Is Friday the beginning of the end for Toronto's troubled Mayor Rob Ford?
Not so, if you ask Ford. But a growing contingent in Toronto's City Council seem to think it's time for him to go.
The council is scheduled to meet Friday to begin mapping out a plan to usurp much of Ford's power. Despite admitting last week that he had smoked crack cocaine in a "drunken stupor" about a year ago, Ford has defiantly said he will not leave his job.
But while fighting for his job Thursday, Ford added to his growing list of missteps.
Early in the day, a scrum of reporters approached Ford to ask him about new allegations of drunkenness, drug use and the verbal and physical abuse of aides.
In the course of answering, he denied a female staffer's allegation that he sought to perform oral sex with graphic language of his own, stunning reporters.
Later in the day, he backtracked.
With his wife at his side, he went back before reporters to say he had been under "tremendous, tremendous stress" and was getting unspecified support from "a team of health care professionals." But he called the latest allegations "100% lies."
"When you attack my integrity as a father and as a husband, I see red. Today I acted on complete impulse in my remarks," Ford said. He took no questions from reporters, who shouted sharp inquiries at him as he entered the office.
"Mayor Ford, why should we believe you? Why would you subject your family to this?" one asked.
"What's the matter with you, Mr. Mayor?" another said.
Explosive new allegations surfaced about embattled Toronto Mayor Rob Ford in court documents released Wednesday - the same day the city council voted to ask him to take a leave of absence.
The court report, more than 500 pages long, alleges a pattern of drug use, and erratic and sometimes abusive behavior by the mayor. A judge ordered the report's release late last month.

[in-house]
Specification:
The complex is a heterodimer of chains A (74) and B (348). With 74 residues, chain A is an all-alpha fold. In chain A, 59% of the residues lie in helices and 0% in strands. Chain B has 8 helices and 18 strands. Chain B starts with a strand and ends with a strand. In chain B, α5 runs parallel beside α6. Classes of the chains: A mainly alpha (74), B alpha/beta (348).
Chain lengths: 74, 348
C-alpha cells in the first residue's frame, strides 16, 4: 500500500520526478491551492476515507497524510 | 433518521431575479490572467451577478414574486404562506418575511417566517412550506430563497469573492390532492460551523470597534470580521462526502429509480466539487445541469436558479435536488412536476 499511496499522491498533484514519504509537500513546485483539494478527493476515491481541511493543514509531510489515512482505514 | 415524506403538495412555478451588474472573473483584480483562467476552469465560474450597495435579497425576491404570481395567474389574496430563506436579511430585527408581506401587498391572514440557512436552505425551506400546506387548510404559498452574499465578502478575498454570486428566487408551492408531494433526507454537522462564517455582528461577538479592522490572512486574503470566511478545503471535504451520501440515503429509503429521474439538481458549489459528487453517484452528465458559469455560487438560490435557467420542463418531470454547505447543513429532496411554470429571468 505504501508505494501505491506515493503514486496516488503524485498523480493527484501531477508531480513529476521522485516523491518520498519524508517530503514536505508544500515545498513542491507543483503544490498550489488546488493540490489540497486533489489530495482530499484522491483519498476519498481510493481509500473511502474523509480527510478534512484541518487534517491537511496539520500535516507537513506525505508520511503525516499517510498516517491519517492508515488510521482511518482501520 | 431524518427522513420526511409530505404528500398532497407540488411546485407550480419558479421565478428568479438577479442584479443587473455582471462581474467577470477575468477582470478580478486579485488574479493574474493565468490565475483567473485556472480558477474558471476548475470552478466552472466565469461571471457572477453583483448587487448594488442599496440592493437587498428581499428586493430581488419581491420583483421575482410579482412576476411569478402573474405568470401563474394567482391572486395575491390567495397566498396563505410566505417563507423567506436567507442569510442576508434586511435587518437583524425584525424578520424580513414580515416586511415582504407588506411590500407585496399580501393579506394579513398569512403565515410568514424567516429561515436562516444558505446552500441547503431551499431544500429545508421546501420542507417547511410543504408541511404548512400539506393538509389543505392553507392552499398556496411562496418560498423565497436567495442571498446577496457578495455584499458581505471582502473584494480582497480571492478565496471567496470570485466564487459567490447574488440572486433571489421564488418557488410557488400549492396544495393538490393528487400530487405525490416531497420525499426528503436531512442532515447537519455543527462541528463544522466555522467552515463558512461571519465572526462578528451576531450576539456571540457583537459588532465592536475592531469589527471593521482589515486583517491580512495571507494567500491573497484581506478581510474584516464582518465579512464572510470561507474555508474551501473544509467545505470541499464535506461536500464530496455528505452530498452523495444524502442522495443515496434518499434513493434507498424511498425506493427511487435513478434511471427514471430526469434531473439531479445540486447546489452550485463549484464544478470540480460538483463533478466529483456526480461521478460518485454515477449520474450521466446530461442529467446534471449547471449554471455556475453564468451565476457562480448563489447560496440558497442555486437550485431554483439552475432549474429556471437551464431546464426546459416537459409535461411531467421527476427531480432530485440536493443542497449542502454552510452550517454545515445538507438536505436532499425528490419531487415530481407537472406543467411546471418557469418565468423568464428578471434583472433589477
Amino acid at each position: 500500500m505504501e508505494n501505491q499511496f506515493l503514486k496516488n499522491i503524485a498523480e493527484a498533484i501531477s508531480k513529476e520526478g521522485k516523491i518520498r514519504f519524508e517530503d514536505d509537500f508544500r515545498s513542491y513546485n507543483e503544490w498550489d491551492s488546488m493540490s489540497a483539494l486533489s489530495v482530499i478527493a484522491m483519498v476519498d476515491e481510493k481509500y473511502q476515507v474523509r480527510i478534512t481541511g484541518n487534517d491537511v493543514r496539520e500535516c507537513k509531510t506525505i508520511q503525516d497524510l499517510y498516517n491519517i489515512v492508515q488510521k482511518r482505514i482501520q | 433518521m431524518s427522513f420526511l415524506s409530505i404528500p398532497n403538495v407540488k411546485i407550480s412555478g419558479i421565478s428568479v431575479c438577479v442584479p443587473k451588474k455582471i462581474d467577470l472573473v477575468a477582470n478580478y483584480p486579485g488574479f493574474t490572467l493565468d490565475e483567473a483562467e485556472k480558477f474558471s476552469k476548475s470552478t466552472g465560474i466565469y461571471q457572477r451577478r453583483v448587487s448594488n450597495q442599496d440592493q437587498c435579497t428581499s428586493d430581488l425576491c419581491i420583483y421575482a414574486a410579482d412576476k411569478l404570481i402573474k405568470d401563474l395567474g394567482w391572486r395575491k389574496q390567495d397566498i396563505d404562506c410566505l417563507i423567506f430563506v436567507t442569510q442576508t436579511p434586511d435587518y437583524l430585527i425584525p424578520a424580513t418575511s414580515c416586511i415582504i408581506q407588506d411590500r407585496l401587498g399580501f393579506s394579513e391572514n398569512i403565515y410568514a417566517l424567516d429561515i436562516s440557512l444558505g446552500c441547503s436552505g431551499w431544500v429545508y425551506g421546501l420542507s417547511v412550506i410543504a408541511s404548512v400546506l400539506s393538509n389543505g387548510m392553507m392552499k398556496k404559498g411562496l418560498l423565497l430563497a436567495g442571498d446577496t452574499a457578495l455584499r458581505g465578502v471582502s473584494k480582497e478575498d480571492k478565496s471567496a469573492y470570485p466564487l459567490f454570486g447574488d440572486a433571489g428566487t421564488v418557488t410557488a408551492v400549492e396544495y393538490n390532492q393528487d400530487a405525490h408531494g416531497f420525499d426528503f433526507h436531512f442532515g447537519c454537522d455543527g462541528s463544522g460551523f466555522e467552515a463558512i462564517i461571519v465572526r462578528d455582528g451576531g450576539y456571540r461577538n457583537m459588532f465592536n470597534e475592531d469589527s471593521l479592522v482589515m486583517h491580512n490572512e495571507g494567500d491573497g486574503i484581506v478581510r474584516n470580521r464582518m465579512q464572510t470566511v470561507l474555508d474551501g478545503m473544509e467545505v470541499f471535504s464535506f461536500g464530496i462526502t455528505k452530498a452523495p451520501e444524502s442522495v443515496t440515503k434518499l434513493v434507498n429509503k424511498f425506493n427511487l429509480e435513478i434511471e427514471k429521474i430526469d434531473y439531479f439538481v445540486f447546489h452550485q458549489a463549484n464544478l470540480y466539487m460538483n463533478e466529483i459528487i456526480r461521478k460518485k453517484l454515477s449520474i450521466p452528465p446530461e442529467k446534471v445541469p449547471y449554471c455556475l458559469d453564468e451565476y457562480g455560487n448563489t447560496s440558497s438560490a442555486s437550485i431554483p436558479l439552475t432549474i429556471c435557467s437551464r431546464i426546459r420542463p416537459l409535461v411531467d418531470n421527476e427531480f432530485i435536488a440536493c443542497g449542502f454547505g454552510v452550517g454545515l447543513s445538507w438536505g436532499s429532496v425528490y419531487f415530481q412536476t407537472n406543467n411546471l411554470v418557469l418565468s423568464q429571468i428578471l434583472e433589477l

The documents include police interviews with former staff members, information obtained from surveillance crews and cameras, and even an examination of the mayor's garbage.
The documents were used by Canadian police to get a search warrant for Alexander Lisi, Ford's friend and occasional driver, whom police accuse of marijuana possession and trafficking.
Several staffers said they were asked to buy alcohol for the mayor. One incident described by a former staffer alleged that Ford, while driving, stopped the vehicle, guzzled some vodka, and drove on.
Chris Fickel, who worked as a special assistant to Ford, said the mayor would ask him to perform odd jobs at his house. Fickel said he would be called "to change light bulbs in the front lawn, change batteries in his children's toys, buying cartons of cigarettes, bleach, laundry detergent and diet Coke for the mayor's wife."
One staffer told police the mayor was inebriated on St. Patrick's Day in 2012 and got into a physical altercation with two staff members. He alleges the mayor was verbally abusive and inappropriate with a female staff member.
Another staffer said the same night, he saw a woman who may have been an escort or prostitute in the mayor's office.
Ford's former press secretary George Christopoulos also said women often came to the mayor's office, "and told staffers that they have smoked a joint with the mayor on the street outside of the bar. These women were told by the mayor that they could have a job." Christopoulos would then have to interview these women and try to talk them out of a job.
None of the allegations against Ford has been proven, and he faces no criminal charges.